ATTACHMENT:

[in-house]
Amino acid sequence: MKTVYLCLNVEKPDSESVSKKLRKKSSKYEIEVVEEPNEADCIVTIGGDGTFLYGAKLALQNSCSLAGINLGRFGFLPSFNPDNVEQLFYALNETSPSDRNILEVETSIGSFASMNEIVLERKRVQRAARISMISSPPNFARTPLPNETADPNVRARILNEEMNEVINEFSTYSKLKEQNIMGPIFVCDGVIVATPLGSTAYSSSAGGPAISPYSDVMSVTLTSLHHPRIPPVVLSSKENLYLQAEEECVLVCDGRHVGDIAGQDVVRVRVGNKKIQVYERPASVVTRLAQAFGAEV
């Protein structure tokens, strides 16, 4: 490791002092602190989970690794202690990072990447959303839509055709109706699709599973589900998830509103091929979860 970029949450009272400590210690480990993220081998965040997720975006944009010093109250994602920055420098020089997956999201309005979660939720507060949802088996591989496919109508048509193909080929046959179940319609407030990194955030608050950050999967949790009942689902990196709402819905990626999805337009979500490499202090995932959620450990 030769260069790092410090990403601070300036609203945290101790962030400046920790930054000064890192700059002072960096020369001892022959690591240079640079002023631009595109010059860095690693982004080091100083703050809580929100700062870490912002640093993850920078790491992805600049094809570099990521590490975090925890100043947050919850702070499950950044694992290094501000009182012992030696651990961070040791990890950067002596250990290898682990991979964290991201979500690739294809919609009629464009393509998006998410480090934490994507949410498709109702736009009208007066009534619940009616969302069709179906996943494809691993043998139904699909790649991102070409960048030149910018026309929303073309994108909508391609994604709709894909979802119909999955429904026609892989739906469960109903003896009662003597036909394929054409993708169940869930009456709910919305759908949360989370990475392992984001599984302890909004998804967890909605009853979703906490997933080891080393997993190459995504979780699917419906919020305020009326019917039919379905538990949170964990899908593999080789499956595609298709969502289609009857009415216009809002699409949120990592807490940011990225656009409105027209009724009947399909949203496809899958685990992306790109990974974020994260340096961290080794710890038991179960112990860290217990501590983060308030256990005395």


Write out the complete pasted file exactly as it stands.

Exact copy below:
[in-house]
Amino acid sequence: MKTVYLCLNVEKPDSESVSKKLRKKSSKYEIEVVEEPNEADCIVTIGGDGTFLYGAKLALQNSCSLAGINLGRFGFLPSFNPDNVEQLFYALNETSPSDRNILEVETSIGSFASMNEIVLERKRVQRAARISMISSPPNFARTPLPNETADPNVRARILNEEMNEVINEFSTYSKLKEQNIMGPIFVCDGVIVATPLGSTAYSSSAGGPAISPYSDVMSVTLTSLHHPRIPPVVLSSKENLYLQAEEECVLVCDGRHVGDIAGQDVVRVRVGNKKIQVYERPASVVTRLAQAFGAEV
């Protein structure tokens, strides 16, 4: 490791002092602190989970690794202690990072990447959303839509055709109706699709599973589900998830509103091929979860 970029949450009272400590210690480990993220081998965040997720975006944009010093109250994602920055420098020089997956999201309005979660939720507060949802088996591989496919109508048509193909080929046959179940319609407030990194955030608050950050999967949790009942689902990196709402819905990626999805337009979500490499202090995932959620450990 030769260069790092410090990403601070300036609203945290101790962030400046920790930054000064890192700059002072960096020369001892022959690591240079640079002023631009595109010059860095690693982004080091100083703050809580929100700062870490912002640093993850920078790491992805600049094809570099990521590490975090925890100043947050919850702070499950950044694992290094501000009182012992030696651990961070040791990890950067002596250990290898682990991979964290991201979500690739294809919609009629464009393509998006998410480090934490994507949410498709109702736009009208007066009534619940009616969302069709179906996943494809691993043998139904699909790649991102070409960048030149910018026309929303073309994108909508391609994604709709894909979802119909999955429904026609892989739906469960109903003896009662003597036909394929054409993708169940869930009456709910919305759908949360989370990475392992984001599984302890909004998804967890909605009853979703906490997933080891080393997993190459995504979780699917419906919020305020009326019917039919379905538990949170964990899908593999080789499956595609298709969502289609009857009415216009809002699409949120990592807490940011990225656009409105027209009724009947399909949203496809899958685990992306790109990974974020994260340096961290080794710890038991179960112990860290217990501590983060308030256990005395």